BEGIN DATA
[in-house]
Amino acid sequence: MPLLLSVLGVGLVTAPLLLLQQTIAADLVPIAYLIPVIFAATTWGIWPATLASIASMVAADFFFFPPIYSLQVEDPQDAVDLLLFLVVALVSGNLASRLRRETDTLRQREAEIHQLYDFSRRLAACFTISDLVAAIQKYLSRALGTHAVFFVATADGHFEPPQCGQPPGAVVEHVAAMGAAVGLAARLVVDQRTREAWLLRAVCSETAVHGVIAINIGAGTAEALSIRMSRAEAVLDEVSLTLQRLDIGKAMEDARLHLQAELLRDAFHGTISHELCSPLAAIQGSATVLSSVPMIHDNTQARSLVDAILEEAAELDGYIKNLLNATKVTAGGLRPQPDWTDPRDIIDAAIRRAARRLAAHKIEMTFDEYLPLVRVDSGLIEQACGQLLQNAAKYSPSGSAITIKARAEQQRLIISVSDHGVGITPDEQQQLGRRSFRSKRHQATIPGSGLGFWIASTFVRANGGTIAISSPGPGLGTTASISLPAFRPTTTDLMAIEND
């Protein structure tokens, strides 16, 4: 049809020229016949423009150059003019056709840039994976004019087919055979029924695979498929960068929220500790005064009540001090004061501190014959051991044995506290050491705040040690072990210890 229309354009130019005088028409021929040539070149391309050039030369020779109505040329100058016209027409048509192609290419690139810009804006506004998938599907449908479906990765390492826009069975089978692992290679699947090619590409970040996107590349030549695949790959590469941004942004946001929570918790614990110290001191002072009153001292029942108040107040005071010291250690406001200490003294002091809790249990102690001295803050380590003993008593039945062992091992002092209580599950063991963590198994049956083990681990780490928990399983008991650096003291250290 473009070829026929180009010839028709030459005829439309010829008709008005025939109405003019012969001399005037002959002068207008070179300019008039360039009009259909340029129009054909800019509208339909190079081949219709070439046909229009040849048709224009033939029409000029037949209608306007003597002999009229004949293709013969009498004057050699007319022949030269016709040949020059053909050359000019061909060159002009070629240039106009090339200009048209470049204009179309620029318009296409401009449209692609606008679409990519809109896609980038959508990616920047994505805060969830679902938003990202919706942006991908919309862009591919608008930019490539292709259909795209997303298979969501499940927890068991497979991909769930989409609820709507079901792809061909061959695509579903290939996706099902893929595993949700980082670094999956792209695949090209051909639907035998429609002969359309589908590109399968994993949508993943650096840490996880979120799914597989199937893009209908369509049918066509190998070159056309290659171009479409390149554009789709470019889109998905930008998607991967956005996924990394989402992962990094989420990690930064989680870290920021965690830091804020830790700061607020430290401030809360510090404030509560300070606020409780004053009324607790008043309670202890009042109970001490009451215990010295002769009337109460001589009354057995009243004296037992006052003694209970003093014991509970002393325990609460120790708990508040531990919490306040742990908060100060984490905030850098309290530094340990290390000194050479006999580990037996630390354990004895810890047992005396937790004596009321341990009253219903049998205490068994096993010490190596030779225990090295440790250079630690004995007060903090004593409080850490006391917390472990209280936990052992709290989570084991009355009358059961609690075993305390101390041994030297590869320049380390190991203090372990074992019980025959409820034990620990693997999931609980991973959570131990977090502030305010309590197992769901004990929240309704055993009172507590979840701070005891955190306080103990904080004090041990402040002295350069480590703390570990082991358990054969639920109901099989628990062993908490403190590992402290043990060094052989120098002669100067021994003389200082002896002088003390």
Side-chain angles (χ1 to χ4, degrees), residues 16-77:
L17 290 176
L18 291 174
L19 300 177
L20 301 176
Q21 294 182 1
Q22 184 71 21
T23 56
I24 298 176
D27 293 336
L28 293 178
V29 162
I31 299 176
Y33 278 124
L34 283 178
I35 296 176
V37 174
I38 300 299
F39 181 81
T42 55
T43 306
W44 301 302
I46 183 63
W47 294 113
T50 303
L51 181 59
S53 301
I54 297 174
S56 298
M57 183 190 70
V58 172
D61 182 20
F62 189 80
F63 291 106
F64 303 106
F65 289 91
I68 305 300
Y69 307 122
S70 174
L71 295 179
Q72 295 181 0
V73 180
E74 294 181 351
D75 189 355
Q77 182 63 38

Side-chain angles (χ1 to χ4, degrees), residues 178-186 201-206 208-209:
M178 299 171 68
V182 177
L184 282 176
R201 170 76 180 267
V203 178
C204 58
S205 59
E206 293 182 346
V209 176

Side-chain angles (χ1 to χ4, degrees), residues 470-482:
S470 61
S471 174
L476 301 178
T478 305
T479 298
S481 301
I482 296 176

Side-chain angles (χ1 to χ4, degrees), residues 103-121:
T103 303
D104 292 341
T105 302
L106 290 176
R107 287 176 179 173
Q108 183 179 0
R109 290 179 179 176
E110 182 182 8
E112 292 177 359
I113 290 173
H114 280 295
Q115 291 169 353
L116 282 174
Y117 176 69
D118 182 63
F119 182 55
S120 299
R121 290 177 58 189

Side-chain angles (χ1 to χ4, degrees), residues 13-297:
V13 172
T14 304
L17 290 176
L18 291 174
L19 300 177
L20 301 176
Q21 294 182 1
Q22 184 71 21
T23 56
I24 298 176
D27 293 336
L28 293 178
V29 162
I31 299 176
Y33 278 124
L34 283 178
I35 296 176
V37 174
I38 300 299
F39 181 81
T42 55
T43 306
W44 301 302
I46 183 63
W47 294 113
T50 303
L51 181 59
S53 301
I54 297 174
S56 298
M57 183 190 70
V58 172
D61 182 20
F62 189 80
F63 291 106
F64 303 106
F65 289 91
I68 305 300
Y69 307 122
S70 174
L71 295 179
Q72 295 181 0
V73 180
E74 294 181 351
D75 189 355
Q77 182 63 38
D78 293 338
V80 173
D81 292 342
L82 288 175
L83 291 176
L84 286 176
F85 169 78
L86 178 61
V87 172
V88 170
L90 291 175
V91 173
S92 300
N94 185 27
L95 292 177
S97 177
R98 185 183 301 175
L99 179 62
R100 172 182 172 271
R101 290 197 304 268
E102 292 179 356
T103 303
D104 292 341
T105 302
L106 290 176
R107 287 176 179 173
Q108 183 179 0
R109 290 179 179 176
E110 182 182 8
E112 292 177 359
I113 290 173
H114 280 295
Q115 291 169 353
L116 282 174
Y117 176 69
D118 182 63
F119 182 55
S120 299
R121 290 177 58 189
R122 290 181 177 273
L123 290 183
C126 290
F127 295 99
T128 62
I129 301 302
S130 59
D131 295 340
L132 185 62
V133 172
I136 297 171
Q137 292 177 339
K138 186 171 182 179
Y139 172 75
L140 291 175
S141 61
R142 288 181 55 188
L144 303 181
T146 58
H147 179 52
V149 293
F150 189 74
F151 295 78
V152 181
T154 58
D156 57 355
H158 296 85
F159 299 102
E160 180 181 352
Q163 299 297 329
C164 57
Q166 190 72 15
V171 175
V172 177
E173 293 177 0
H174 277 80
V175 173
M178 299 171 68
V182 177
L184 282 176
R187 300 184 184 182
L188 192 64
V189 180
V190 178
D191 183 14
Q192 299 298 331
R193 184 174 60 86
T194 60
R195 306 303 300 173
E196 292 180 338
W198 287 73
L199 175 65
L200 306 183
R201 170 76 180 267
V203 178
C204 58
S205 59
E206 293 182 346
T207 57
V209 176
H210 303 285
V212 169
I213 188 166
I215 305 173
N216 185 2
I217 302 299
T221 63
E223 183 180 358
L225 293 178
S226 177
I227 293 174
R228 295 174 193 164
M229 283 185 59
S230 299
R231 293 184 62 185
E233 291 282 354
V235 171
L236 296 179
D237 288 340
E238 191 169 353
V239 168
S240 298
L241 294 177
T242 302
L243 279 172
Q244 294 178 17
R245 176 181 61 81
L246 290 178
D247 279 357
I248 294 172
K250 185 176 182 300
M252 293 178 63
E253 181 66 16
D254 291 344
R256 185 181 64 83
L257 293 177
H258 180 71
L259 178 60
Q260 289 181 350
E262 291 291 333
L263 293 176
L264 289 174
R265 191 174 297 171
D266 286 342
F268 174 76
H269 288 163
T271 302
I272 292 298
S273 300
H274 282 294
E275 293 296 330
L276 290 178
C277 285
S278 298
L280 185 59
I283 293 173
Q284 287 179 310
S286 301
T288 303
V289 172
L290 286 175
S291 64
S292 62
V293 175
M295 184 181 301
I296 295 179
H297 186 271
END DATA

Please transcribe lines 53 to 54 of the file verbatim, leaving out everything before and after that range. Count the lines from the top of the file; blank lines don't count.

R201 170 76 180 267
V203 178